What is early detection of psychosis?
Early detection refers to the correct identification of individuals who are at high risk of developing schizophrenia, with an emphasis on the development of frank psychosis. Generally, there are two approaches that dictate the characteristics used as markers for detection. The first is the ultra-high risk approach which focuses on a triad of at-risk mental states defined as having a family history of psychosis plus non-specific symptoms and recent decline in functioning, recent onset of attenuated psychotic symptoms with decline in functioning, and brief, intermittent and limited psychotic symptoms. The other approach is based on Huber’s Basic Symptoms, which focuses on a detailed way of describing subjective disturbances, and may be an earlier indicator of risk.
What is the evidence for early detection of psychosis?
Moderate to high quality evidence found the mean rate of transition to psychosis in those assessed as being at clinical high risk is around 16% by 2 years and 29% by 3 years. In adolescents and young adults (16-24 years) who were diagnosed with attenuated psychotic syndrome, transition rates were 11% by 6 months, 15% by 12 months, 20% by 2 years months, and 23% by 3 years. In children (<18 years) assessed as being at clinical high risk, transition rates were between 17% and 20% by 1 year follow-up and between 7% and 21% by 2 year follow-up. 36% of children and adolescents recovered from their clinical high risk status by 6-year follow-up, and 40% continued to meet clinical high risk criteria without transition to psychosis.
People assessed as being at clinical high risk of obsessive-compulsive disorder were at higher risk of psychosis transition than people assessed as being at clinical high risk of bipolar disorder, which in turn had higher risk of psychosis than people assessed as being at high risk of depression. The rate of transition to psychosis was one third the rate of transition to non-psychotic disorders in people at assessed as being at clinical high risk for any non-psychotic disorder.
Studies with older samples reported higher transition rates than studies with younger samples, and more recent publications reported lower transition rates than older publications. Studies using the basic symptoms approach reported higher transition rates than studies using the ultra-high risk approach. Studies of people receiving psychosocial treatments for high risk groups (e.g., cognitive behavioural therapy) reported lower transition rates than studies of people receiving standard care (e.g., case management). Studies of people on antipsychotics also reported lower transition rates than studies of people not on antipsychotics.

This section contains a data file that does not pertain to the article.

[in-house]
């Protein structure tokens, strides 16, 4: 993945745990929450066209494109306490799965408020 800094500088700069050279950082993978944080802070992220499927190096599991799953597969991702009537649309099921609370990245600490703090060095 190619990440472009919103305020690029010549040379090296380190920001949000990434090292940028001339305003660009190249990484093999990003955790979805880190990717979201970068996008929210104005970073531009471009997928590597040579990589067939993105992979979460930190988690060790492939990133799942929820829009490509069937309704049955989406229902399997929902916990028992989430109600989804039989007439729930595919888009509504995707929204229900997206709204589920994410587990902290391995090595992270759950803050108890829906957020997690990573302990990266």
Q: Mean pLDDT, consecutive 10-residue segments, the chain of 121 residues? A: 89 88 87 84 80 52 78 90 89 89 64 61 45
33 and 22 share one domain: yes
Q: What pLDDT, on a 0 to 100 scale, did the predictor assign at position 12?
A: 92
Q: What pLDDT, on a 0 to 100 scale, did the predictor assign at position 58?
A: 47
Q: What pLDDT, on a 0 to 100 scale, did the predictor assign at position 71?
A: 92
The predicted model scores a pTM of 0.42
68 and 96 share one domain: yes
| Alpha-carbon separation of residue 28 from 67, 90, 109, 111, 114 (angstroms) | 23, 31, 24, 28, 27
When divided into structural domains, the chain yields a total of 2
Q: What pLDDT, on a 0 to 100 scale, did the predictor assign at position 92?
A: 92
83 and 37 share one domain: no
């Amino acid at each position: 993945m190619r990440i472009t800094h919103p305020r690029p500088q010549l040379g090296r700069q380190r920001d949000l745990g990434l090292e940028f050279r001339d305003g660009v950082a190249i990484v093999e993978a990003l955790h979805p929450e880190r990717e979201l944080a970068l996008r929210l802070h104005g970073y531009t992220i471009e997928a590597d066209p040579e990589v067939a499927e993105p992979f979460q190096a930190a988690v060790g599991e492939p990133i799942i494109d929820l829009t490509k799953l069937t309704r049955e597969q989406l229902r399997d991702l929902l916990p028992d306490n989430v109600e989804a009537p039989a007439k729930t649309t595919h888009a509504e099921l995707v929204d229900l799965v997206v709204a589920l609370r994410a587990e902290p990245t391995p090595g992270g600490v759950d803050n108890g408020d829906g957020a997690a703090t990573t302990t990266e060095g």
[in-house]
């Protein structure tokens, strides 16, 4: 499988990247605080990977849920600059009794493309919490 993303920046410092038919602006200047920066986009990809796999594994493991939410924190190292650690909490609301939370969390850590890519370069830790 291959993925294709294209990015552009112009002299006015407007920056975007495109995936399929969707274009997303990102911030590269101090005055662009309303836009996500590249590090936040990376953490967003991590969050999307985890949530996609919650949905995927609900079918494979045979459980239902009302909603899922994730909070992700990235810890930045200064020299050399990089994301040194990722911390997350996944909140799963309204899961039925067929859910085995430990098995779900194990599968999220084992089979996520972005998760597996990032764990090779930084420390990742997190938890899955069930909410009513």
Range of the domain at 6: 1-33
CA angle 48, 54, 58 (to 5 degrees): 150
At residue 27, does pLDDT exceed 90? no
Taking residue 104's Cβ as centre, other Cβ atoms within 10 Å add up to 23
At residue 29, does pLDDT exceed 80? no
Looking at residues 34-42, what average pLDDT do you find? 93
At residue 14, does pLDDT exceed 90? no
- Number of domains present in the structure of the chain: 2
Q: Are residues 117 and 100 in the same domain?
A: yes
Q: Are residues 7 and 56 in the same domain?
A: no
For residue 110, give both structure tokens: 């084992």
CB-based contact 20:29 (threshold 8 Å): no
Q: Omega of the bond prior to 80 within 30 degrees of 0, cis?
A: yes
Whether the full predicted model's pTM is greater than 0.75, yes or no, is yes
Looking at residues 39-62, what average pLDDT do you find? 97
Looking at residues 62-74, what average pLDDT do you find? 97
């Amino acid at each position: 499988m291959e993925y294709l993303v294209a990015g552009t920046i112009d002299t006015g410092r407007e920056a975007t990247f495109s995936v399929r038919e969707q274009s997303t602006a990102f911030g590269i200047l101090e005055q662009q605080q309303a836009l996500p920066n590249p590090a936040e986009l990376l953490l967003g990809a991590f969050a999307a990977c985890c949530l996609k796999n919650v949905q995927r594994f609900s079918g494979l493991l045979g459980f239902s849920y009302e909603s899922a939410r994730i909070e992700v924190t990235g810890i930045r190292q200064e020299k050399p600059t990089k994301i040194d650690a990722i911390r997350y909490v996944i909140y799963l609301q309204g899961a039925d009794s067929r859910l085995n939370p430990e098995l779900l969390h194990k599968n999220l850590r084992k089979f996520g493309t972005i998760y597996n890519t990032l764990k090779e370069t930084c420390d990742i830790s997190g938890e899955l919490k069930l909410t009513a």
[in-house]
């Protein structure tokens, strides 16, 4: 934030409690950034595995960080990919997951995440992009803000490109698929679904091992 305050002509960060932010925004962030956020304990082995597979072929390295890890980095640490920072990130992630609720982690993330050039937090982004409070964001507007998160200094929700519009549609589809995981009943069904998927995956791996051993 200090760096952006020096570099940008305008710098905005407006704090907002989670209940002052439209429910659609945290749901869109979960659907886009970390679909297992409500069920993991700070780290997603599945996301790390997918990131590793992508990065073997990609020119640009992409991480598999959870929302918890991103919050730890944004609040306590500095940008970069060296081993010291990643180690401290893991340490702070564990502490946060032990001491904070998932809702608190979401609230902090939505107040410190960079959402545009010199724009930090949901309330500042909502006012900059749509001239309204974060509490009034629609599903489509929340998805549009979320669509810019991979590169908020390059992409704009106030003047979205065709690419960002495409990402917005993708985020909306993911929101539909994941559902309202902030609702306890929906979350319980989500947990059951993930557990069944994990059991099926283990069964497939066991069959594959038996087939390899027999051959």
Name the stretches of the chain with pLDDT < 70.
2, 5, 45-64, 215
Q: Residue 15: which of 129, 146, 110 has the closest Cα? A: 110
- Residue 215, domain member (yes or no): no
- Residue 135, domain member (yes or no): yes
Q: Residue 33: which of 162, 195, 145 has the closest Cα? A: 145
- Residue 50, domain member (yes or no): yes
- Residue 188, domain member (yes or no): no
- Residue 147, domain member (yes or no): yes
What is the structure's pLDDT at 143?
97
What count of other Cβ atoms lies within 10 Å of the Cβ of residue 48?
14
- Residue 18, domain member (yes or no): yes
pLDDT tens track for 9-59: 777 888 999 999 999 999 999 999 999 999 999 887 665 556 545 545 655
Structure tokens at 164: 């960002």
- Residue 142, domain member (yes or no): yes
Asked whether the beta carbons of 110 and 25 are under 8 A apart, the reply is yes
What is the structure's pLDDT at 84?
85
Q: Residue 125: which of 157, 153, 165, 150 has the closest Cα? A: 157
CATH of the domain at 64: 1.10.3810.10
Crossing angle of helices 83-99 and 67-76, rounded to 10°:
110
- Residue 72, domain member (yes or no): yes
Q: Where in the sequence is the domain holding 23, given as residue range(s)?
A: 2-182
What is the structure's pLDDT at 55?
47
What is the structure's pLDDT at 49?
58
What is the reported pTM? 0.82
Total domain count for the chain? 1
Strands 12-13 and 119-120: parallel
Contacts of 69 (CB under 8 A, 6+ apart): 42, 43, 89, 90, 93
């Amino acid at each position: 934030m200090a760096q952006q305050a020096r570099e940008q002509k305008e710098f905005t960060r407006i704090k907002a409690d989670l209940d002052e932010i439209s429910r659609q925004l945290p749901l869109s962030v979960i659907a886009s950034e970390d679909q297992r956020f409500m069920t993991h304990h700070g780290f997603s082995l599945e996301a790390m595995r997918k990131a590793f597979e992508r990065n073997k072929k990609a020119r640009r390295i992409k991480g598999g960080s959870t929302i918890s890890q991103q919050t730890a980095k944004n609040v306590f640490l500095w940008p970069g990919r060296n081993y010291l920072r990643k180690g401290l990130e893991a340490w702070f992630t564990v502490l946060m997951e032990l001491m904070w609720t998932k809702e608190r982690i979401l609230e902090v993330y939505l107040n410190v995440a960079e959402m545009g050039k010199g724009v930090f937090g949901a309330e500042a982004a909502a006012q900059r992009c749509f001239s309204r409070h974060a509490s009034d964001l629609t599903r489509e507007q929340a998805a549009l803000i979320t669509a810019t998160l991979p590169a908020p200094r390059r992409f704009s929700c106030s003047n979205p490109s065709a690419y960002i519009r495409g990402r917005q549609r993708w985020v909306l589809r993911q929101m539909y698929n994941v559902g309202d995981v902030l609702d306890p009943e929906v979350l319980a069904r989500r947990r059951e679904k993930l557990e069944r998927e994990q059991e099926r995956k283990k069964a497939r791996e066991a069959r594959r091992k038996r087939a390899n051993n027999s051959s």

Moderate to high quality evidence suggests instruments based on ultra-high risk criteria have good sensitivity and moderate specificity. Moderate to low quality evidence found the Assessment of Basic Symptoms Scale has good sensitivity and moderate specificity. This indicates validated tools are generally good at correctly identifying individuals who do develop psychosis, but not as good at identifying individuals who do not develop psychosis.
Moderate quality evidence suggests the model with the best predictive value (86%) for transition to psychosis was a clinical model including odd beliefs, marked impairment in role functioning, blunted affect, auditory hallucinations, and anhedonia/asociality. A biological model using grey matter volume, and a neurocognitive model using IQ, verbal memory, executive functioning, attention, processing speed, and speech perception, both had positive predictive values of ~83%. An environmental model with a positive predictive value of 63% involved urbanicity, social-sexual aspects, and social-personal adjustment. The best combination model had a positive predictive value of 82% and involved disorganised communication, suspiciousness, verbal memory deficit, and decline in social functioning.
Image: ©Photographee.eu – stock.adobe.com
Fact Sheet Technical Commentary
Green - Topic summary is available.
Orange - Topic summary is being compiled.
Red - Topic summary has no current systematic review available.